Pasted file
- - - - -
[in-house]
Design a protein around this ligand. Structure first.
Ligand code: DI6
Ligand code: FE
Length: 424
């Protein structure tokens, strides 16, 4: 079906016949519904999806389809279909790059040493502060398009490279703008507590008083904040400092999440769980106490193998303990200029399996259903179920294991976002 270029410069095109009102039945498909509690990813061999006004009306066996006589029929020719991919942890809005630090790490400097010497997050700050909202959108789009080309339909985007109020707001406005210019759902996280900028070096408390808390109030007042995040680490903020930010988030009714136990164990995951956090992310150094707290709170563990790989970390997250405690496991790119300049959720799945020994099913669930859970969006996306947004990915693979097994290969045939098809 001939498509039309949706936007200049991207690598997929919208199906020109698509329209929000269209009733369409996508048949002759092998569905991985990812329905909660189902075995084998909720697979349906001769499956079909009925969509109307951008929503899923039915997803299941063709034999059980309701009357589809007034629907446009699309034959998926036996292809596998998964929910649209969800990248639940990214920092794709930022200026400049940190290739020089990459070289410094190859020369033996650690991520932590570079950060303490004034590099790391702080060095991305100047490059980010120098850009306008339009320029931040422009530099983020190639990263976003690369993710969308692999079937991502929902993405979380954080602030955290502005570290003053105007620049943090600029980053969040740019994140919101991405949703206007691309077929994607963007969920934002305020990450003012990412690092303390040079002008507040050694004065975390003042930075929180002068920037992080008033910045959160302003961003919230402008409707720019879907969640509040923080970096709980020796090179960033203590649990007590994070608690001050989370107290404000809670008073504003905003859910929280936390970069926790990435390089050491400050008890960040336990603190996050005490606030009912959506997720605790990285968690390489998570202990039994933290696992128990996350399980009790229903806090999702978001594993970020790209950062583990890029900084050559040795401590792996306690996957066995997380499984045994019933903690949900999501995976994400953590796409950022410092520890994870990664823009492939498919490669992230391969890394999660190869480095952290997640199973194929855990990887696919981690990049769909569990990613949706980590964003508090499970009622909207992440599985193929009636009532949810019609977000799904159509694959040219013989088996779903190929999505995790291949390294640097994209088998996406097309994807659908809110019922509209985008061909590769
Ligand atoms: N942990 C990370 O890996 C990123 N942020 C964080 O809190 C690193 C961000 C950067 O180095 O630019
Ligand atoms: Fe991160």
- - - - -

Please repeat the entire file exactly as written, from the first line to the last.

[in-house]
Design a protein around this ligand. Structure first.
Ligand code: DI6
Ligand code: FE
Length: 424
């Protein structure tokens, strides 16, 4: 079906016949519904999806389809279909790059040493502060398009490279703008507590008083904040400092999440769980106490193998303990200029399996259903179920294991976002 270029410069095109009102039945498909509690990813061999006004009306066996006589029929020719991919942890809005630090790490400097010497997050700050909202959108789009080309339909985007109020707001406005210019759902996280900028070096408390808390109030007042995040680490903020930010988030009714136990164990995951956090992310150094707290709170563990790989970390997250405690496991790119300049959720799945020994099913669930859970969006996306947004990915693979097994290969045939098809 001939498509039309949706936007200049991207690598997929919208199906020109698509329209929000269209009733369409996508048949002759092998569905991985990812329905909660189902075995084998909720697979349906001769499956079909009925969509109307951008929503899923039915997803299941063709034999059980309701009357589809007034629907446009699309034959998926036996292809596998998964929910649209969800990248639940990214920092794709930022200026400049940190290739020089990459070289410094190859020369033996650690991520932590570079950060303490004034590099790391702080060095991305100047490059980010120098850009306008339009320029931040422009530099983020190639990263976003690369993710969308692999079937991502929902993405979380954080602030955290502005570290003053105007620049943090600029980053969040740019994140919101991405949703206007691309077929994607963007969920934002305020990450003012990412690092303390040079002008507040050694004065975390003042930075929180002068920037992080008033910045959160302003961003919230402008409707720019879907969640509040923080970096709980020796090179960033203590649990007590994070608690001050989370107290404000809670008073504003905003859910929280936390970069926790990435390089050491400050008890960040336990603190996050005490606030009912959506997720605790990285968690390489998570202990039994933290696992128990996350399980009790229903806090999702978001594993970020790209950062583990890029900084050559040795401590792996306690996957066995997380499984045994019933903690949900999501995976994400953590796409950022410092520890994870990664823009492939498919490669992230391969890394999660190869480095952290997640199973194929855990990887696919981690990049769909569990990613949706980590964003508090499970009622909207992440599985193929009636009532949810019609977000799904159509694959040219013989088996779903190929999505995790291949390294640097994209088998996406097309994807659908809110019922509209985008061909590769
Ligand atoms: N942990 C990370 O890996 C990123 N942020 C964080 O809190 C690193 C961000 C950067 O180095 O630019
Ligand atoms: Fe991160």